Security Alert: Adwind RAT Spotted in Targeted Attacks with Zero AV Detection
This malware lets cyber criminals remotely control PCs and no antivirus can detect it
The malware economy is alive and well! And cyber criminals are making big money by using this business model.
The re-emergence of Adwind RAT provides additional proof to support this. This Java-based malware has been spotted over the weekend in several targeted attacks against Danish companies.
Given that the malicious email employed to deceive victims is in English, the attackers will most likely not stop at Danish borders.
The RAT was last seen a few months ago, after having been apparently taken down in 2015. It infected almost half a million people and organizations worldwide. Now it has surfaced again, proving that cyber criminals are not ready to give up on using it.
A zero percent detection rate associated with these attacks in bound to make potential targets anxious about the effectiveness of their current defenses:
See full detection rates on VirusTotal.
Adwind RAT – cross-platform, multifunctional and plain destructive
For those yet unfamiliar with the term, here’s a quick definition to help put things into context:
Adwind is an especially insidious threat because it’s cross-platform and can perform this wide range of functions. Successful Adwind infections give online criminals a backdoor into PCs running Windows, OS X, Linux and even Android.
In the observed attacks, the spam email carrying Adwind is delivered with the following contents:
From: [spoofed / fake return address]
Subject Line: Order – Quotation Request
The .jar file is a Java archive, demonstrating that Java is still a key liability in computer systems everywhere. If an unsuspecting user activates the archive, the malicious code will be executed promptly.
The Adwind RAT can be run on any platform that supports Java Runtime Environment.
With 16 vulnerabilities in 2016 up to now, Java is already a culprit in many attacks against users and organizations all over the world. And we’re talking about serious security issues, which allow attackers to execute code, to overflow systems and gain privileges over the compromised system.
In the observed attacks, if the Adwind code is executed, the infected computer will be immediately recruited into a botnet.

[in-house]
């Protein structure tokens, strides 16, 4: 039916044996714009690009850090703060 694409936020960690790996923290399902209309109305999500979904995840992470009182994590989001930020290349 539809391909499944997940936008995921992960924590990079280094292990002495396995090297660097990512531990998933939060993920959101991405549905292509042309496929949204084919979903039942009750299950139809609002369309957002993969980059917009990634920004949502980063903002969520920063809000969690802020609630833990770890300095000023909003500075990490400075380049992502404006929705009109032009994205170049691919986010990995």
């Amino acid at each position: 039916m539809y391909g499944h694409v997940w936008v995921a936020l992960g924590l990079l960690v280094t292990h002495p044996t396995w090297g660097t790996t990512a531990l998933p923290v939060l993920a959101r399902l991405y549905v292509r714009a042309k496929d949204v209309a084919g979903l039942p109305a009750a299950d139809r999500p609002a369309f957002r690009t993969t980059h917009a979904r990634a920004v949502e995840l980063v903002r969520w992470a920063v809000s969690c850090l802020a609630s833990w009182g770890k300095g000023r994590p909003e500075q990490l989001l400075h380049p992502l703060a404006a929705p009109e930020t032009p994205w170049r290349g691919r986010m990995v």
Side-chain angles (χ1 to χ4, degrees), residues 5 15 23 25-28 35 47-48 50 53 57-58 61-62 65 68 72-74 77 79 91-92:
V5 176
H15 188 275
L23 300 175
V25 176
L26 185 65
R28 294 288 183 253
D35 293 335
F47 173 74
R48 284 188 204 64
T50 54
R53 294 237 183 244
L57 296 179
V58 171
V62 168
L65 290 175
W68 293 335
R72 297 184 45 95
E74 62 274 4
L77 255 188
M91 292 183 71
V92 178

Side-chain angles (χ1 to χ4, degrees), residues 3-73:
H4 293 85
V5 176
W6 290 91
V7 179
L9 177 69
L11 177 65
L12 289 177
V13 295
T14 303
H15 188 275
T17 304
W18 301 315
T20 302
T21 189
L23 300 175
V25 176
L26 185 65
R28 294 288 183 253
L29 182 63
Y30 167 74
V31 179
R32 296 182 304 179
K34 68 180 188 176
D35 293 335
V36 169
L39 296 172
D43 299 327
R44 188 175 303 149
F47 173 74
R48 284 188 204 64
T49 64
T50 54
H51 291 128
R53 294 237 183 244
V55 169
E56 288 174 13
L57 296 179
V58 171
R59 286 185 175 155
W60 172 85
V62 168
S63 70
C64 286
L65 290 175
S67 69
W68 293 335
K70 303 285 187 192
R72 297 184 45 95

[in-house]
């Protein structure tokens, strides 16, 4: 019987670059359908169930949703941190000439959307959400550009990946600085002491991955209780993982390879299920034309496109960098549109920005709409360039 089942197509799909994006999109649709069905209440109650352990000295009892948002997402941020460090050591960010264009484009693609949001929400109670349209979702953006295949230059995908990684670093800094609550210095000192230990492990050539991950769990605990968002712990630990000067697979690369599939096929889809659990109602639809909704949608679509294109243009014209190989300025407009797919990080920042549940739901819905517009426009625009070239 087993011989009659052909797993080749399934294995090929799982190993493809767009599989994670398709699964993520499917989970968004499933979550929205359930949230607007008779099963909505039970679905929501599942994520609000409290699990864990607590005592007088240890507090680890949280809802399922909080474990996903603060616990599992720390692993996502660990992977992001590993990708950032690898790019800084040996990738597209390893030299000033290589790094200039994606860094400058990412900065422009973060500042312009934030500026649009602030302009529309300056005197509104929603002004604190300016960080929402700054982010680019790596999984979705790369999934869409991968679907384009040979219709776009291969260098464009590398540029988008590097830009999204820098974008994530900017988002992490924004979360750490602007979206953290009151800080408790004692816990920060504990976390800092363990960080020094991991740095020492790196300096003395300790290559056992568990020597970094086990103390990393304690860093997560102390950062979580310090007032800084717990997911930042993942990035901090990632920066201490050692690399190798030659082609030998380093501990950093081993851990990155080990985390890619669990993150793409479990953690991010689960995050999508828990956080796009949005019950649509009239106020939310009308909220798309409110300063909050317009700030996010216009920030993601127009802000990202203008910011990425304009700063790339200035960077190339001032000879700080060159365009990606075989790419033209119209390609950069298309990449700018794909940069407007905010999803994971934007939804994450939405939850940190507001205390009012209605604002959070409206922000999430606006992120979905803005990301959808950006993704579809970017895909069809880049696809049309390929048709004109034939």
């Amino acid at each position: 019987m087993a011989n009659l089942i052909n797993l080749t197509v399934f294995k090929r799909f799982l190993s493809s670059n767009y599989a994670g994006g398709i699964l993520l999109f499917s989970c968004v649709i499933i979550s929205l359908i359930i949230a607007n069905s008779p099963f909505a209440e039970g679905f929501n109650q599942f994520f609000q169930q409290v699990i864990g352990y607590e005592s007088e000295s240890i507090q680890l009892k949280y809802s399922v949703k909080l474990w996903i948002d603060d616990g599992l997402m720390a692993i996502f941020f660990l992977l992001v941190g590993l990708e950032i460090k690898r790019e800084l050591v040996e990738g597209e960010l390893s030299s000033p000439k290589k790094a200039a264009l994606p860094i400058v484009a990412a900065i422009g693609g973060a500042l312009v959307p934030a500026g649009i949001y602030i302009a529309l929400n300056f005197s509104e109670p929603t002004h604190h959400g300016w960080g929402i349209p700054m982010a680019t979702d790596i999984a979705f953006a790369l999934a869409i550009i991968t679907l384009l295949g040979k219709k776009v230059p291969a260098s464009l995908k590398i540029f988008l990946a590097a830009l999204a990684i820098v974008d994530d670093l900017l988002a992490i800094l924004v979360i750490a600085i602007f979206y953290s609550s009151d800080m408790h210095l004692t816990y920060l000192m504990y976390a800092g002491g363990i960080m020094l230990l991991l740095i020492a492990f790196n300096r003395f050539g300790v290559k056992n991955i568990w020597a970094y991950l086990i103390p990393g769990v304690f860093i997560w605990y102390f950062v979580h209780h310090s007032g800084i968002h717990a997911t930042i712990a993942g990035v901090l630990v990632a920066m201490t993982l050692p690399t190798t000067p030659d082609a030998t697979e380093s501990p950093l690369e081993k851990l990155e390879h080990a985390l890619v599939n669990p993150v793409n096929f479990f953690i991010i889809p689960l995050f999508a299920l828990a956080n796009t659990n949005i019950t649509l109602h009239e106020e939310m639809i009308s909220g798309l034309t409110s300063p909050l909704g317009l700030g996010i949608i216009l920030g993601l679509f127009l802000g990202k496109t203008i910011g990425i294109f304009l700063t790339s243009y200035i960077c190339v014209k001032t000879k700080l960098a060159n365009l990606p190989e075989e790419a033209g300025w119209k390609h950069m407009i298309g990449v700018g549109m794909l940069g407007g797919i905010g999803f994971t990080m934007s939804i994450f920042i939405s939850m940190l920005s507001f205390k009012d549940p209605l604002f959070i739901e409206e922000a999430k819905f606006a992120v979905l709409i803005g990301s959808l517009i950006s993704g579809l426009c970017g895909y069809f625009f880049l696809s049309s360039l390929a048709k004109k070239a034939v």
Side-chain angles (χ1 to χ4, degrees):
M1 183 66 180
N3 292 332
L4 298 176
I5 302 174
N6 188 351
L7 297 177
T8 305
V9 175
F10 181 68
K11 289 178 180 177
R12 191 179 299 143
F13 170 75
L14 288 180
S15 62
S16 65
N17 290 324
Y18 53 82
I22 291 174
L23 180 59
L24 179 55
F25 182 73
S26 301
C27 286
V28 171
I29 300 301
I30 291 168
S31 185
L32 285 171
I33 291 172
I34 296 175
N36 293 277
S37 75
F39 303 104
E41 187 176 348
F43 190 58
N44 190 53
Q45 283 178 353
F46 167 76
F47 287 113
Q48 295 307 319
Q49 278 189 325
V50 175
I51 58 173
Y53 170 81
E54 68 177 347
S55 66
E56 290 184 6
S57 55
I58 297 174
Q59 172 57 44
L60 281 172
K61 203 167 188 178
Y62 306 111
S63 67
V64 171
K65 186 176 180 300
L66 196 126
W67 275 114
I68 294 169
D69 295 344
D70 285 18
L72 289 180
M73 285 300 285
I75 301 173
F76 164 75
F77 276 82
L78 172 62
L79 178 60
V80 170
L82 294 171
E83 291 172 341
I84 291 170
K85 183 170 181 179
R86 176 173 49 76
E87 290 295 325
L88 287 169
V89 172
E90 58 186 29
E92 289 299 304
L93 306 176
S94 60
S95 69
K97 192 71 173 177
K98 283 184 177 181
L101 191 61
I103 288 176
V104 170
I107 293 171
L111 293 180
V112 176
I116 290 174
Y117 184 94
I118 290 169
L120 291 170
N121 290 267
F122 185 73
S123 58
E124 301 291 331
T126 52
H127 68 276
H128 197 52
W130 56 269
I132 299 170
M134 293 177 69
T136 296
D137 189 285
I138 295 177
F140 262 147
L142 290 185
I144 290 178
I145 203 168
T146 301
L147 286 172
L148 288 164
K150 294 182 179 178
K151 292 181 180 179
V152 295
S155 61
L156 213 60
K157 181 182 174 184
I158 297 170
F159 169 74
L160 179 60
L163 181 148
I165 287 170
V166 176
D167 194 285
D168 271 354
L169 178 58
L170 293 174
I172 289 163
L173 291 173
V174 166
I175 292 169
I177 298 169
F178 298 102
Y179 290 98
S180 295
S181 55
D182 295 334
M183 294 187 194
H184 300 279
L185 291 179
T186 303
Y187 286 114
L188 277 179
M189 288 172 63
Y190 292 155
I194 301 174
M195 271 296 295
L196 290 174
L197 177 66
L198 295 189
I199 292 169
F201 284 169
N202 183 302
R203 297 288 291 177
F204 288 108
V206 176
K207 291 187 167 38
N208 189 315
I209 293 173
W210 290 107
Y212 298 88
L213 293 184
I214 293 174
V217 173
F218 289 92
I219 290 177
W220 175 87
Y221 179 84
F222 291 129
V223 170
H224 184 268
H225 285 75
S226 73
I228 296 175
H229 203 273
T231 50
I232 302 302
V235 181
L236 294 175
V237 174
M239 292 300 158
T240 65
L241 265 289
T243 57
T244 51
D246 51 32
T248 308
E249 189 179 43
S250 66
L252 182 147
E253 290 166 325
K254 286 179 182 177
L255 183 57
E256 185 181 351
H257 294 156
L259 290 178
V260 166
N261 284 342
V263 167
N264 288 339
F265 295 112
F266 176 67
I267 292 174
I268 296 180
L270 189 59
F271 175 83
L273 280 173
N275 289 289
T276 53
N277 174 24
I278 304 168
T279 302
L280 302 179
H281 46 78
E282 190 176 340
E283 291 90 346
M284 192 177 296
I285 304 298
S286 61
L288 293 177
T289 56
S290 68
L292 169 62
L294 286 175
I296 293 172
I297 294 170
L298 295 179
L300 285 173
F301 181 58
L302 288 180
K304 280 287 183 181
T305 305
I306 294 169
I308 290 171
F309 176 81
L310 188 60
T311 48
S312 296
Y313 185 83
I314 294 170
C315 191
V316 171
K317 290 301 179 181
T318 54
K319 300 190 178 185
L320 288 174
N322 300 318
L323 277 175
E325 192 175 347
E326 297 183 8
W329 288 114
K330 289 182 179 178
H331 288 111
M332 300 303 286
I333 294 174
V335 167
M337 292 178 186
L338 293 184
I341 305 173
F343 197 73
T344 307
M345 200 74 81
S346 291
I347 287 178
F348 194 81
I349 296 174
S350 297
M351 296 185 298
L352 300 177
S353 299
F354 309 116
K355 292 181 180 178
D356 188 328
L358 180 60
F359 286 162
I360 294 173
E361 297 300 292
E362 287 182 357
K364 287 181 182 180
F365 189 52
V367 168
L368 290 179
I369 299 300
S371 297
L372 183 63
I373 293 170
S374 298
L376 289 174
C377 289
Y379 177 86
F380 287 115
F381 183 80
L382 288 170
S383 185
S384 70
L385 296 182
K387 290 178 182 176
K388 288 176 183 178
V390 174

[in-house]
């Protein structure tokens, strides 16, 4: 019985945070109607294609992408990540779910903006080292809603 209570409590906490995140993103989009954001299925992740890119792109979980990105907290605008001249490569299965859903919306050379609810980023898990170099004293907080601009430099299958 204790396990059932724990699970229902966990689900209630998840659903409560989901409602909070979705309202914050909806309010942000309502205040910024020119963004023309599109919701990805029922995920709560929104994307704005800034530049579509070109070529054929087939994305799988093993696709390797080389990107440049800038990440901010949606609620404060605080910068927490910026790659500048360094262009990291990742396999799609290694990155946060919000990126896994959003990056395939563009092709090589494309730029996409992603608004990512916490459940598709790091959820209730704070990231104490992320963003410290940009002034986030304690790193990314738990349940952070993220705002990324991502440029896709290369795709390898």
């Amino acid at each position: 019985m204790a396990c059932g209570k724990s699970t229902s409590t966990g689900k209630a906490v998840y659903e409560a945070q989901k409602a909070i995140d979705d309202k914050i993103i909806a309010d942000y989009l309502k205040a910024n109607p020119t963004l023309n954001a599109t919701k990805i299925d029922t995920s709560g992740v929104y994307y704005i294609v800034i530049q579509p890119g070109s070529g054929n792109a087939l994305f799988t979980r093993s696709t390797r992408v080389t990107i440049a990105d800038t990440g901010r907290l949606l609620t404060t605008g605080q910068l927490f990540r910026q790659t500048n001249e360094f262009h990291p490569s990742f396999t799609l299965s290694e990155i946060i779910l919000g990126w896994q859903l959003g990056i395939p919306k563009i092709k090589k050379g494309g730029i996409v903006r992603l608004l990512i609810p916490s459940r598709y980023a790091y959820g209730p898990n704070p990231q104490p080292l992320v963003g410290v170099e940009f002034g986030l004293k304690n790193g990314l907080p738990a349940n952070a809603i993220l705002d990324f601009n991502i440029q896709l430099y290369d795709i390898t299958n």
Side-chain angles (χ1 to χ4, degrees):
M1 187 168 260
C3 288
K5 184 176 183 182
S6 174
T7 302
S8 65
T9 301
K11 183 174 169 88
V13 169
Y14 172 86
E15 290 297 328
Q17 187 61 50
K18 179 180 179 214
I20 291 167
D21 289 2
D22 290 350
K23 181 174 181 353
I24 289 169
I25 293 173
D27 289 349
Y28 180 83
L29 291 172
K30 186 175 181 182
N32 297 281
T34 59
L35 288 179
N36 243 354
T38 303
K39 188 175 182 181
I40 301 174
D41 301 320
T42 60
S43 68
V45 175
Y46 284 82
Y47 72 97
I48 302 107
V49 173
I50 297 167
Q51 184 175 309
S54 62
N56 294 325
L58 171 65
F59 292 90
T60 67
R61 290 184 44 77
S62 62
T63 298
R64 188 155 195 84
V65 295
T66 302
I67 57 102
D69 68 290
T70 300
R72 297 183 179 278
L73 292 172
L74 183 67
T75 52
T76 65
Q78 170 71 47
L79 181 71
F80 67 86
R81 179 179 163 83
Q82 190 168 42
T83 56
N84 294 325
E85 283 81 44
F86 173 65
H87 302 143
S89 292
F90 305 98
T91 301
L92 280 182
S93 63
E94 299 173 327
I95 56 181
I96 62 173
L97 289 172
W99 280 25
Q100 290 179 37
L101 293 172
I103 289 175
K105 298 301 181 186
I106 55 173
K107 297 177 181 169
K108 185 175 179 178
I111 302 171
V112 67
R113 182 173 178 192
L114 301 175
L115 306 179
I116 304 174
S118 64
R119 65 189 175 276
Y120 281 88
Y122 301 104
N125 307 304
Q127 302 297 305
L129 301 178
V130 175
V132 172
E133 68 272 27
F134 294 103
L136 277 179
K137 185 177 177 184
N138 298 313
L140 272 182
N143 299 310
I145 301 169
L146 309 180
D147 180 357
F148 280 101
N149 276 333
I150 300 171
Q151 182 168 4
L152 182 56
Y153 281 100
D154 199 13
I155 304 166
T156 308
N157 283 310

This variant of Adwind RAT is configured to communicate with the following server [sanitized]: jmcoru.alcatelupd [.] Xyz.
This specific server has also been used in other RAT campaigns. Other campaigns have also employed various dynamic DNS services, such as:
cool [.] secure network [.] host
soycraft2 [.] duia [.] pw
bfbackup [.] baepaws [.] ru
loudpack101 [.] ddns [.] net
league [.] runescape [.] csgo [.] silicone routing [.] pw
airzwcvzq [.] nullroute [.] pw
manbks123 [.] ddns [.] net
machination [.] xinvasion [.] xyz
zarasrl2016 [.] ddns [.] net
airzwcvzq [.] nullroute [.] pw
The domains listed above and many others are all part of a wave of persistent attacks against a number of commercial and non-commercial organizations. Adwind has often been related to refined APT campaigns, so it’s no surprise that we should find this RAT in this context.
The objective of these type of attacks is always dual: to exfiltrate data from the compromised organizations and to open a backdoor which allows attackers to feed more malware into the affected machines.
As far as protection measures go, the recommended approach is to always build your data security in layers. Try to set up multiple levels of defenses, so cyber attacks can be stopped or mitigated at each of these levels.
We’ve seen it in ransomware attacks and it seems to be catching on in other malware campaigns as well. We’re talking about a new, more agile way to launch cyber attacks.
Online criminals seem to be turning their attention to more targeted attacks that require a smaller infrastructure to carry out. This means less resources put into building infrastructure and a potentially bigger return on investment because of the targeted nature of the strike.
Avoiding large-scale campaigns also means thay have a higher chance of going undetected. This gives them more time to sit on the infected systems and extract more data from them.
The months spent between these resurges od Adwind could also signal that attackers are taking their time to prepare their strikes, to maximize their chances for success.
Surely, by the end of the year, we will be able to see if this tendency gains traction in the cyber criminal community. Unfortunately, we will probably have plenty of cyber attacks to analyse and draw conclusions from.
* This article features cyber intelligence provided by CSIS Security Group researchers.